In the collection under review, Boghossian (2008) assembles 14 of his papers from the last 20 years.1 They are presented in four groups. The first three groups are focused on, respectively, the nature of mental content, the links of content with self-knowledge and the links of content with a priori knowledge. The two papers of the last group, written with David Velleman, deal with colour and colour concepts. Each group of papers is followed by a bibliography, where responses and possible further reading are listed. Since Boghossian has been a notable contributor on all the topics mentioned, at the very least this collection provides a useful entry point to worthwhile literature on good problems. But one can say much more. Boghossian writes with acuity and ingenuity and his style is clear and direct. He is prepared to challenge and rethink venerable doctrines and is also prepared to revise his own views when good arguments are brought against them. He shows admirable persistence, in returning to topics from different angles, bringing out more implications of the positions explored and the complexity of the issues. He does not at any point gloss over difficulties or pretends to more completeness or decisiveness than the material warrants. So we have here much rigorous and judicious discussion of a thought-provoking kind.
The fourth group of papers, on colour, is not closely linked in theme to the rest of the collection. And although the issues merit further consideration we will not pursue them here. Let me just note that in these papers Boghossian and Velleman lay out two of the more attractive realist accounts of colour, dispositional and physicalist, and argue that no current version of such theories is acceptable.
In the sections which follow, I shall first consider briefly the papers on content and self-knowledge, and after that will turn to the nine papers of the first and third sections on the interlinked topics of content, rule-following and the a priori.
In his Introduction Boghossian writes, with reference to the papers on the nature of content, ‘For all the attention they have received, in my view both Wittgenstein's discussion and Kripke's exposition of it remain underappreciated, to the detriment of current work in philosophy of mind. That is not to say, by any means, that a proper engagement with these arguments would result in a moral that is recognisably ‘Wittgensteinian.’ On the contrary, on my view what emerges from such an engagement is a conception of meaning that is anything but: realist, anti-reductivist and in no obvious way hostile to the idea of a private language. Nevertheless, it seems to me that both Kripke's and Wittgenstein's texts contain considerable insights and it is a pity that they have come to be relatively neglected.’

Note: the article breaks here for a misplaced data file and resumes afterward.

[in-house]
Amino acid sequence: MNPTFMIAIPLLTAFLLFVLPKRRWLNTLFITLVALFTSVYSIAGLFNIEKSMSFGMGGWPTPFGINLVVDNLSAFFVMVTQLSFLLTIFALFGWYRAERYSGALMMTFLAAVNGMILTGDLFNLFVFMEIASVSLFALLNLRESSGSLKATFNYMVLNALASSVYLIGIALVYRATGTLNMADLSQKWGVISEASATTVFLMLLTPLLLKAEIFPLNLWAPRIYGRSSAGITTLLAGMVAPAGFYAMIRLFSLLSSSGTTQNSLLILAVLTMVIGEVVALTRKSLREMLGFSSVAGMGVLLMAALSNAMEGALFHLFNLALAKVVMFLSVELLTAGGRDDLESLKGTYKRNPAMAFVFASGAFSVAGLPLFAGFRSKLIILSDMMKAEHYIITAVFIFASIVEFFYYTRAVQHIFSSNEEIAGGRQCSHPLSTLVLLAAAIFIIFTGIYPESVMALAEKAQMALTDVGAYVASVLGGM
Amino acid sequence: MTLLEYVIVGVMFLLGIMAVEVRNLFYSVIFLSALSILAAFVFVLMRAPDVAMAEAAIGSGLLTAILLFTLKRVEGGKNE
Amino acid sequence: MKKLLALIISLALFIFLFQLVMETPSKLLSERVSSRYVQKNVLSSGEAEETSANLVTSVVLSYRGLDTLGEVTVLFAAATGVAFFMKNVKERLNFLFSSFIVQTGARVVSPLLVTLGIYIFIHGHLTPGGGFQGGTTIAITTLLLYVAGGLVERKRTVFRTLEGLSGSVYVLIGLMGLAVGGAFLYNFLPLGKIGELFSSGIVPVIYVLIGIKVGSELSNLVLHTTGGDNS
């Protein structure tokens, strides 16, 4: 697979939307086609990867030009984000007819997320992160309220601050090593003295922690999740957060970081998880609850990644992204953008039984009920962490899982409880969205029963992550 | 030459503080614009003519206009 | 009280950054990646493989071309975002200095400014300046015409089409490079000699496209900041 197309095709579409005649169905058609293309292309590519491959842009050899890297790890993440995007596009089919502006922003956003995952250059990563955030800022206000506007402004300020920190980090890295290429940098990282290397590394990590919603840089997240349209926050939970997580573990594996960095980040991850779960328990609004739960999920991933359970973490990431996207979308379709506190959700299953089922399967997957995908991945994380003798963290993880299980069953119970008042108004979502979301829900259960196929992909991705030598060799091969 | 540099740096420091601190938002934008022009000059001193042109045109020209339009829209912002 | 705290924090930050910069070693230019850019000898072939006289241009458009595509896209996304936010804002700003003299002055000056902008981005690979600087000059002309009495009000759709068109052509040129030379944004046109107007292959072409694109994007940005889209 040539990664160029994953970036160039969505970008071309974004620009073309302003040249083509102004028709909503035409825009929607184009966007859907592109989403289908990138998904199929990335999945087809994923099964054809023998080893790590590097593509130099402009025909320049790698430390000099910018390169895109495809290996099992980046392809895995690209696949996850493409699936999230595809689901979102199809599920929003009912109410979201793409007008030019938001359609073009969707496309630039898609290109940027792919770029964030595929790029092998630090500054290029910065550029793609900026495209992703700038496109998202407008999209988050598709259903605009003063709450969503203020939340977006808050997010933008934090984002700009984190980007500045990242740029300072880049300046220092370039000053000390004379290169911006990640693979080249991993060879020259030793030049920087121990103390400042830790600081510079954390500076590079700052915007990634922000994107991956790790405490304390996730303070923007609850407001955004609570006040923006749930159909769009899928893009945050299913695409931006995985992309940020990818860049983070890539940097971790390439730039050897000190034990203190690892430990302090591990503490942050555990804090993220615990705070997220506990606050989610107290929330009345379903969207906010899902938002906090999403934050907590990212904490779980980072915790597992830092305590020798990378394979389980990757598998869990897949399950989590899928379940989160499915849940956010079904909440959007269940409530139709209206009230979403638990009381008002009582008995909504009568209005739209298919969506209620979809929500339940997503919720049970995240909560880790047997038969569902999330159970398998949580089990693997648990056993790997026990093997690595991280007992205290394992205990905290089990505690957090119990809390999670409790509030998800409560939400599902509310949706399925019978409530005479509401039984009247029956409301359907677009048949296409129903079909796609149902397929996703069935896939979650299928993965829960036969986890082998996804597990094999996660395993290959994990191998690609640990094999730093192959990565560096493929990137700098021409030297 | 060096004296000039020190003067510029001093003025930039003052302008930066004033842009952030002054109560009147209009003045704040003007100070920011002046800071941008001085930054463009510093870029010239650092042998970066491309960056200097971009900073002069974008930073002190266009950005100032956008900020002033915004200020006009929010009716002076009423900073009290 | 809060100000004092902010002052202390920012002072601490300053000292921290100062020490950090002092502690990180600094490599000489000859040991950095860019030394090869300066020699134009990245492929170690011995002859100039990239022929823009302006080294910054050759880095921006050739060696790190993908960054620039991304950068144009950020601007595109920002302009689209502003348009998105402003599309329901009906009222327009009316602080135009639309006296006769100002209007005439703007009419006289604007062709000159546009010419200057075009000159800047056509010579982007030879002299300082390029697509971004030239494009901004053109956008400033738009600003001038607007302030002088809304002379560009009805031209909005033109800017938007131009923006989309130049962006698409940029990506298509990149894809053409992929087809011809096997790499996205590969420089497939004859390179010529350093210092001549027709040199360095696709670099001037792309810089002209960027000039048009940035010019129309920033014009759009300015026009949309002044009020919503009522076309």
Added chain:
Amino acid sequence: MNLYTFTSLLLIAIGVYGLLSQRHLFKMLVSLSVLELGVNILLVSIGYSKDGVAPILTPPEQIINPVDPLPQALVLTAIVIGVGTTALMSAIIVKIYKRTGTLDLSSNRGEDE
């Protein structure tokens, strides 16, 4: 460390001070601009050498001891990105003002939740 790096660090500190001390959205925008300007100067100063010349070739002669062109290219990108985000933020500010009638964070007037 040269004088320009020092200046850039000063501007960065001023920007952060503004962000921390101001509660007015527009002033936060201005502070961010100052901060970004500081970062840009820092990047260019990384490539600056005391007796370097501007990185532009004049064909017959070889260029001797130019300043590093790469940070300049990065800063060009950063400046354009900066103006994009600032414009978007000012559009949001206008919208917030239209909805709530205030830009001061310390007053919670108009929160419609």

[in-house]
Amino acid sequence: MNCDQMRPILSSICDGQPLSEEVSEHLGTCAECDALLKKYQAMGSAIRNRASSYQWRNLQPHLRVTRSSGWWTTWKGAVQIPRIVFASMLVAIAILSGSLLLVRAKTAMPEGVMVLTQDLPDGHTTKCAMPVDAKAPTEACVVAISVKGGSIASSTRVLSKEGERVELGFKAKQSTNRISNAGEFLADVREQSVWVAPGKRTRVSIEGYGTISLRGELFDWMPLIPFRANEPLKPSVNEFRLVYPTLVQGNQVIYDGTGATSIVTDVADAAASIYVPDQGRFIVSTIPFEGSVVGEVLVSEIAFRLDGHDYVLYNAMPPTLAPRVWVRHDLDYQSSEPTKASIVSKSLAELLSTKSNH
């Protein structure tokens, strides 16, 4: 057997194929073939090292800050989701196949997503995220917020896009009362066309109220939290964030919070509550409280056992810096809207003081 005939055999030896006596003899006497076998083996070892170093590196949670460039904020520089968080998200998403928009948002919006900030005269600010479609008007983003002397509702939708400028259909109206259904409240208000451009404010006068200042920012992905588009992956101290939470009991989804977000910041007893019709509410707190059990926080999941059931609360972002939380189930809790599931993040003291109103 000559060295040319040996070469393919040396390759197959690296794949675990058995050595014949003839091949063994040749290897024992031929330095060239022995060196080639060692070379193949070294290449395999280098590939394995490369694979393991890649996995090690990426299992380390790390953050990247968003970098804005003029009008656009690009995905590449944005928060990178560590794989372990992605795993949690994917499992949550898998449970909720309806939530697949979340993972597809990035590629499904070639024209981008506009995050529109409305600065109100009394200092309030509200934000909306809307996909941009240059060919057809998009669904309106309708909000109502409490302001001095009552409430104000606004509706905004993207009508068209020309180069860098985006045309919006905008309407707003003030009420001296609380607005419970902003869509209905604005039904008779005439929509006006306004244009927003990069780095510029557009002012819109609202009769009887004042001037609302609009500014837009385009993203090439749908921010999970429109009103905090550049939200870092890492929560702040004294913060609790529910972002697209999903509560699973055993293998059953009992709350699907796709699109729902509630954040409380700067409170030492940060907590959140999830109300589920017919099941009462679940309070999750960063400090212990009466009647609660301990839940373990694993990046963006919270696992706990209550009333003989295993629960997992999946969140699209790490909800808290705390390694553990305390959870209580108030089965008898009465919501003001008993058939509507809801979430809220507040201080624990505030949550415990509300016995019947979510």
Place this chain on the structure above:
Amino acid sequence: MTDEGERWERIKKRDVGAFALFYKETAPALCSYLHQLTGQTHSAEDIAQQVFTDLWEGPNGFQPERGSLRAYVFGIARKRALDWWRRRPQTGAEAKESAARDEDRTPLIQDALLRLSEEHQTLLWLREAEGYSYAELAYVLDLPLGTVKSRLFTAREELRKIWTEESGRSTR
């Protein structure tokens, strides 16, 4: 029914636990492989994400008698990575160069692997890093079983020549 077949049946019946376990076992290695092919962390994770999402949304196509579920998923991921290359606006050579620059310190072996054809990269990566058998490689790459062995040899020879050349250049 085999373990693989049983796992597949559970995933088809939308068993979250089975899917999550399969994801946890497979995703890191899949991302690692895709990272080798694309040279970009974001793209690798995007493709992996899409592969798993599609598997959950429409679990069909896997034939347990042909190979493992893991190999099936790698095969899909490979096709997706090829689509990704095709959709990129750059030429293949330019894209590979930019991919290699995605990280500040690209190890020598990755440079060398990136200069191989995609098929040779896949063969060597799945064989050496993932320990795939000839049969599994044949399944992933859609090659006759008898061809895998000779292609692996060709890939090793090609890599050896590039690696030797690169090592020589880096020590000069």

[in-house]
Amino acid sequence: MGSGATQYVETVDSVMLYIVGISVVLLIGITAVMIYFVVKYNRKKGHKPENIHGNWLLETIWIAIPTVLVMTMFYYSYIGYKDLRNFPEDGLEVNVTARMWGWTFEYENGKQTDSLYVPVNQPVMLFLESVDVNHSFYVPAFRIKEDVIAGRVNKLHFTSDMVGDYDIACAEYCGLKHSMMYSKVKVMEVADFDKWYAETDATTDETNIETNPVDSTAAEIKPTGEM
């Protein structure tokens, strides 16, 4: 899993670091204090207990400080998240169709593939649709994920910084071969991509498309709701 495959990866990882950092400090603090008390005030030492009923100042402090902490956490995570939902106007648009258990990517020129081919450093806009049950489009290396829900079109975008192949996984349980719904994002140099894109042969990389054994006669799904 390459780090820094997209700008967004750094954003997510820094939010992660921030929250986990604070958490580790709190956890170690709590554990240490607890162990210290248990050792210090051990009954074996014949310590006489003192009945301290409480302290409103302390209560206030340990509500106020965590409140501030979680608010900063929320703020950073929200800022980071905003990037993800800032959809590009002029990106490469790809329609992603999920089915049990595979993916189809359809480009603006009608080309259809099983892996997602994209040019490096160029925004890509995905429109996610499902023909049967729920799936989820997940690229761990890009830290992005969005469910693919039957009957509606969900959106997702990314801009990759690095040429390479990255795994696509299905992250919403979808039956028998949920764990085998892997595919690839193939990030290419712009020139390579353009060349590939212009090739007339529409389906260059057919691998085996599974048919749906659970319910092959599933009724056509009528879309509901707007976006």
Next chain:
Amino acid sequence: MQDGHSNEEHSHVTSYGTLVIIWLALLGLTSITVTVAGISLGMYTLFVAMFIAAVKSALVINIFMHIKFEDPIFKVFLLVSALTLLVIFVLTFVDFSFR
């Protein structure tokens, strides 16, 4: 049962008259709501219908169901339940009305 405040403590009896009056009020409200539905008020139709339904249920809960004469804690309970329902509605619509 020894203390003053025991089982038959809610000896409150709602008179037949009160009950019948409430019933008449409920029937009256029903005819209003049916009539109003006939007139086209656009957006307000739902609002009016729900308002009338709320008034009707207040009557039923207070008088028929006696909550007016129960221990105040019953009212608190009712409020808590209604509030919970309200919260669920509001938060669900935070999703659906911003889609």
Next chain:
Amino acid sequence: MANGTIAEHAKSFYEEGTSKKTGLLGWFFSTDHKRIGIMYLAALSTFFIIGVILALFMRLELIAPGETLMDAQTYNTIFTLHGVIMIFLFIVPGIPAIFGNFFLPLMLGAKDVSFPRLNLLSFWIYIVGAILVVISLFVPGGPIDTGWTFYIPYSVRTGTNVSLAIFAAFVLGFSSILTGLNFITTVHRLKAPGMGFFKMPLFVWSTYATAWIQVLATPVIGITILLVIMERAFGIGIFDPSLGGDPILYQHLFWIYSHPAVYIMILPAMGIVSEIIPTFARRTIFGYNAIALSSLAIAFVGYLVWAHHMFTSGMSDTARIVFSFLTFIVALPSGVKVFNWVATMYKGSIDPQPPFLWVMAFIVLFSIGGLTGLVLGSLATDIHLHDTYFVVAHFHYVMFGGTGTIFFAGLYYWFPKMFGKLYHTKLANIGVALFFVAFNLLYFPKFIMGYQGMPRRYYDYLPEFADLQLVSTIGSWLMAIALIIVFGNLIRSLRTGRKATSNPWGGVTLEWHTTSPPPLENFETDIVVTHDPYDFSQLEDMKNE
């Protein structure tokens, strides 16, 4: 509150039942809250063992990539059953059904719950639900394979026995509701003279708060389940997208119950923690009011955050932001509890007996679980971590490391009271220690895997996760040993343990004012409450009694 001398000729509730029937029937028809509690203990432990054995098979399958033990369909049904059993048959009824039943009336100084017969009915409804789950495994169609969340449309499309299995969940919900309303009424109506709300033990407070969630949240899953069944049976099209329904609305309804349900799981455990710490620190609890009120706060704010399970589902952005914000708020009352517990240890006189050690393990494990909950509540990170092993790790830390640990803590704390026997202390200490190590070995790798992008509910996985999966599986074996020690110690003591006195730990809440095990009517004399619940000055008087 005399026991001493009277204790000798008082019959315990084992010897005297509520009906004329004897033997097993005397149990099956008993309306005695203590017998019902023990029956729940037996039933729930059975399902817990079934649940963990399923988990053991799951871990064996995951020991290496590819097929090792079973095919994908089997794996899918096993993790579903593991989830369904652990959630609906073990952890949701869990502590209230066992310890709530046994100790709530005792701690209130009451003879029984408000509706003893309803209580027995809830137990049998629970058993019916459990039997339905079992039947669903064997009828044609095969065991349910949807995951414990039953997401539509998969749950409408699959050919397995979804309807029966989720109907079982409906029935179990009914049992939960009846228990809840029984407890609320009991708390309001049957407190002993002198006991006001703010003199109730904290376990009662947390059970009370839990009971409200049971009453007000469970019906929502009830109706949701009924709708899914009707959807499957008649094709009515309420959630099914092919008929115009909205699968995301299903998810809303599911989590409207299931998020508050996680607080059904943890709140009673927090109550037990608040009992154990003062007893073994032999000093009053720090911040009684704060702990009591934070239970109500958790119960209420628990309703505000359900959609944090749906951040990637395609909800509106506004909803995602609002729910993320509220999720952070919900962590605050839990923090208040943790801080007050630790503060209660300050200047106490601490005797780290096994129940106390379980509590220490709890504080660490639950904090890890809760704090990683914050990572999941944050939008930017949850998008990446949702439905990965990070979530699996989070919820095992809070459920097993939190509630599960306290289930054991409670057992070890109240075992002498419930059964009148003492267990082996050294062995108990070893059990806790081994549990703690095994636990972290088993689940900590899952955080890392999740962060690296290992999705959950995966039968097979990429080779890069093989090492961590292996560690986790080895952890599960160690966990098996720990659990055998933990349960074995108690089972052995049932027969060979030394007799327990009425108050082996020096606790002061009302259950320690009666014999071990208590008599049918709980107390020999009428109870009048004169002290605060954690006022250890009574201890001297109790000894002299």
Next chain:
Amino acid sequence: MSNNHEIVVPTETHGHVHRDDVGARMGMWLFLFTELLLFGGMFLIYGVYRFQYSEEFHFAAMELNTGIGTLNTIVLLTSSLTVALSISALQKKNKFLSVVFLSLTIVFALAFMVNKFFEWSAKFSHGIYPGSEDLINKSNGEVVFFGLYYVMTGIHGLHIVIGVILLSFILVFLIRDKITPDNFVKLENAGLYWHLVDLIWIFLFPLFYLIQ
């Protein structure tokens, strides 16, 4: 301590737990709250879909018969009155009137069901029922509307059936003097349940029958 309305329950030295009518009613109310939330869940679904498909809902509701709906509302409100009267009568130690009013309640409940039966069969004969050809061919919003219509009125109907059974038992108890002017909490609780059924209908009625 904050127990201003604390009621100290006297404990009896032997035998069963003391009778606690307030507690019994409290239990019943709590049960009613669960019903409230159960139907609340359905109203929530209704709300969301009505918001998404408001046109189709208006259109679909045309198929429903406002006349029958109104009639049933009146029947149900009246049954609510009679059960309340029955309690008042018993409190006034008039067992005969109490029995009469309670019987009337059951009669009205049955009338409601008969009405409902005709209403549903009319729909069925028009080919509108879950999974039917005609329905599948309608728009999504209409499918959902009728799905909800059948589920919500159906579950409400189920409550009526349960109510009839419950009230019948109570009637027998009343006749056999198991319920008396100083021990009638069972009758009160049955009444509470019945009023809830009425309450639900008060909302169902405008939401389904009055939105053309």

My own view is that Boghossian is right that there is much of value in Wittgenstein's discussion of meaning and rule-following. But I would not characterize Wittgenstein's ideas (as Boghossian does implicitly in the quoted passage) as anti-realist or reductive. Just possibly Wittgenstein's thought might offer help in seeing ways through some of the perplexities, particularly the metaphysical difficulties, which Boghossian brings to our attention? We shall return to this thought in the final section. But first some more on the themes of the collection.
2. Content and self-knowledge
Boghossian was among the earliest to note the implications of combining externalist accounts of the content of concepts with traditional views about our possession of privileged self-knowledge. Suppose that just sitting in my armchair here and now, I can rightly be wholly certain that some thought of mine is about water. Suppose also (as concept externalism suggests) my thought can be about water only if water exists – and moreover I can from my armchair also rightly be wholly certain about that. Then it seems that, sitting in my armchair here and now, I can refute any external world scepticism, e.g of the malicious demon or brain in a vat kind, which has the non-existence of water as a consequence. Surely something has gone wrong here. Using concept externalism to leverage from epistemic privilege vis-à-vis the inner to epistemic privilege vis-à-vis substantive outer world matters seems a deeply dubious manoeuvre. But what should we give up?
Suppose that what we choose to surrender is traditionally conceived total and privileged knowledge of the nature and content of our own thoughts. The consequence, it seems, is that other parts of our accepted ways of thinking of ourselves come under pressure. With some externalistically individuated concepts (e.g. those of named individuals or natural kinds), if the world changes in ways unnoticed by me, then my concepts change also, in ways unnoticed by me. If I grant this then I must also grant that I cannot, with certainty, tell whether a concept I exercise at one point in thought is the same as or different from a concept I exercise at another point. And if that is so, then what happens to the idea that I can think rationally about individuals or natural kinds? My ability to do so depends on recognizing contradiction and validity in argument, which in turn depends on ability to discriminate identity and difference in concepts used.